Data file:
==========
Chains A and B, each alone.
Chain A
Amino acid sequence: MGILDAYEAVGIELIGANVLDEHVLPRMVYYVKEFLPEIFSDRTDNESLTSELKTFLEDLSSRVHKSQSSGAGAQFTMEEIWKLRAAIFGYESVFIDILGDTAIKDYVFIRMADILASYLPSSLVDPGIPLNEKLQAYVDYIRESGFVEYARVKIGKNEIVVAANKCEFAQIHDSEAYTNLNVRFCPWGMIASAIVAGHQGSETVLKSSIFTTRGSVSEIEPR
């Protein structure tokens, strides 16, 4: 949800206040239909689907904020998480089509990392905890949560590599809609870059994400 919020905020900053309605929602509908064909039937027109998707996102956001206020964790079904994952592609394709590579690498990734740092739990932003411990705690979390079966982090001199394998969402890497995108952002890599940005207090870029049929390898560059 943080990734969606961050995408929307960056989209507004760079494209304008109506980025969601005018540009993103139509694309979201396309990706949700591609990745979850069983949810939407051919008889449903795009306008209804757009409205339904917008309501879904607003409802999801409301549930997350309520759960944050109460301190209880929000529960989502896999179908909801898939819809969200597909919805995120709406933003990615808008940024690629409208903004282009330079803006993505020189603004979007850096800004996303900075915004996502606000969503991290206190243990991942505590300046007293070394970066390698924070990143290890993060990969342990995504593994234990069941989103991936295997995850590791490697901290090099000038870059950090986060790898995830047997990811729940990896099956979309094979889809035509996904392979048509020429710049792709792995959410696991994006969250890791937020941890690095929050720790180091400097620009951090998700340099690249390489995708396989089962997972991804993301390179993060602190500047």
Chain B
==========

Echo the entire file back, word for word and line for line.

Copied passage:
Chains A and B, each alone.
Chain A
Amino acid sequence: MGILDAYEAVGIELIGANVLDEHVLPRMVYYVKEFLPEIFSDRTDNESLTSELKTFLEDLSSRVHKSQSSGAGAQFTMEEIWKLRAAIFGYESVFIDILGDTAIKDYVFIRMADILASYLPSSLVDPGIPLNEKLQAYVDYIRESGFVEYARVKIGKNEIVVAANKCEFAQIHDSEAYTNLNVRFCPWGMIASAIVAGHQGSETVLKSSIFTTRGSVSEIEPR
């Protein structure tokens, strides 16, 4: 949800206040239909689907904020998480089509990392905890949560590599809609870059994400 919020905020900053309605929602509908064909039937027109998707996102956001206020964790079904994952592609394709590579690498990734740092739990932003411990705690979390079966982090001199394998969402890497995108952002890599940005207090870029049929390898560059 943080990734969606961050995408929307960056989209507004760079494209304008109506980025969601005018540009993103139509694309979201396309990706949700591609990745979850069983949810939407051919008889449903795009306008209804757009409205339904917008309501879904607003409802999801409301549930997350309520759960944050109460301190209880929000529960989502896999179908909801898939819809969200597909919805995120709406933003990615808008940024690629409208903004282009330079803006993505020189603004979007850096800004996303900075915004996502606000969503991290206190243990991942505590300046007293070394970066390698924070990143290890993060990969342990995504593994234990069941989103991936295997995850590791490697901290090099000038870059950090986060790898995830047997990811729940990896099956979309094979889809035509996904392979048509020429710049792709792995959410696991994006969250890791937020941890690095929050720790180091400097620009951090998700340099690249390489995708396989089962997972991804993301390179993060602190500047």
Chain B